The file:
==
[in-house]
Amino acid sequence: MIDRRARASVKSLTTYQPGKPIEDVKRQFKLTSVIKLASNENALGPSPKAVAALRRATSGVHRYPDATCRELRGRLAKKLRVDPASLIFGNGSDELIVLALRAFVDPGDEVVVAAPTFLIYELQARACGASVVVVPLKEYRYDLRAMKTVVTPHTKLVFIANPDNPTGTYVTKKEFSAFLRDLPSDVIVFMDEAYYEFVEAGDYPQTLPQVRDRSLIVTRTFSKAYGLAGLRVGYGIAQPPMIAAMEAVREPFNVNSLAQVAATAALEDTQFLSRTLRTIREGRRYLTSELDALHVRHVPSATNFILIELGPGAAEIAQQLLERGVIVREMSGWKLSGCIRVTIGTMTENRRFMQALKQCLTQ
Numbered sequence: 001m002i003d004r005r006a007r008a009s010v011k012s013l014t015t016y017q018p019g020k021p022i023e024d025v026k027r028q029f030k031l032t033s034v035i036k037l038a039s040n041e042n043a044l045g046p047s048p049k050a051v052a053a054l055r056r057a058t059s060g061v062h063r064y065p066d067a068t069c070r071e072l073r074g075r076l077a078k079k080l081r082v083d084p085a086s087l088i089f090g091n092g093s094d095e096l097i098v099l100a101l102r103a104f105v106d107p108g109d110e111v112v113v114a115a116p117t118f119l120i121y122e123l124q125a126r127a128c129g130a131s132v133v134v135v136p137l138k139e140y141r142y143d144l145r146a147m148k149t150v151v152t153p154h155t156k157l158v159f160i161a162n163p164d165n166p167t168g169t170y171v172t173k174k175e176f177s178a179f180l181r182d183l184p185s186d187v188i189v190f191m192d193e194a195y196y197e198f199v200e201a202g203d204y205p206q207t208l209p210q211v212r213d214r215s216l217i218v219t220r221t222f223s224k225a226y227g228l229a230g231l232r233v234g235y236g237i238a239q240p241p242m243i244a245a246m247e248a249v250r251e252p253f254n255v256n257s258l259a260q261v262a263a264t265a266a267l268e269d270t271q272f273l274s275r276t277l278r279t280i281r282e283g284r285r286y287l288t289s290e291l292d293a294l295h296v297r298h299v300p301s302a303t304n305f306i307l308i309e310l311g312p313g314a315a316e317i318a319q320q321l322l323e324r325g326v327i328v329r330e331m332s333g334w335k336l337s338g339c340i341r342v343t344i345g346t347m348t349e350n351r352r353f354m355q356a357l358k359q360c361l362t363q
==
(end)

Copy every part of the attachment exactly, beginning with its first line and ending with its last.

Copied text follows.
[in-house]
Amino acid sequence: MIDRRARASVKSLTTYQPGKPIEDVKRQFKLTSVIKLASNENALGPSPKAVAALRRATSGVHRYPDATCRELRGRLAKKLRVDPASLIFGNGSDELIVLALRAFVDPGDEVVVAAPTFLIYELQARACGASVVVVPLKEYRYDLRAMKTVVTPHTKLVFIANPDNPTGTYVTKKEFSAFLRDLPSDVIVFMDEAYYEFVEAGDYPQTLPQVRDRSLIVTRTFSKAYGLAGLRVGYGIAQPPMIAAMEAVREPFNVNSLAQVAATAALEDTQFLSRTLRTIREGRRYLTSELDALHVRHVPSATNFILIELGPGAAEIAQQLLERGVIVREMSGWKLSGCIRVTIGTMTENRRFMQALKQCLTQ
Numbered sequence: 001m002i003d004r005r006a007r008a009s010v011k012s013l014t015t016y017q018p019g020k021p022i023e024d025v026k027r028q029f030k031l032t033s034v035i036k037l038a039s040n041e042n043a044l045g046p047s048p049k050a051v052a053a054l055r056r057a058t059s060g061v062h063r064y065p066d067a068t069c070r071e072l073r074g075r076l077a078k079k080l081r082v083d084p085a086s087l088i089f090g091n092g093s094d095e096l097i098v099l100a101l102r103a104f105v106d107p108g109d110e111v112v113v114a115a116p117t118f119l120i121y122e123l124q125a126r127a128c129g130a131s132v133v134v135v136p137l138k139e140y141r142y143d144l145r146a147m148k149t150v151v152t153p154h155t156k157l158v159f160i161a162n163p164d165n166p167t168g169t170y171v172t173k174k175e176f177s178a179f180l181r182d183l184p185s186d187v188i189v190f191m192d193e194a195y196y197e198f199v200e201a202g203d204y205p206q207t208l209p210q211v212r213d214r215s216l217i218v219t220r221t222f223s224k225a226y227g228l229a230g231l232r233v234g235y236g237i238a239q240p241p242m243i244a245a246m247e248a249v250r251e252p253f254n255v256n257s258l259a260q261v262a263a264t265a266a267l268e269d270t271q272f273l274s275r276t277l278r279t280i281r282e283g284r285r286y287l288t289s290e291l292d293a294l295h296v297r298h299v300p301s302a303t304n305f306i307l308i309e310l311g312p313g314a315a316e317i318a319q320q321l322l323e324r325g326v327i328v329r330e331m332s333g334w335k336l337s338g339c340i341r342v343t344i345g346t347m348t349e350n351r352r353f354m355q356a357l358k359q360c361l362t363q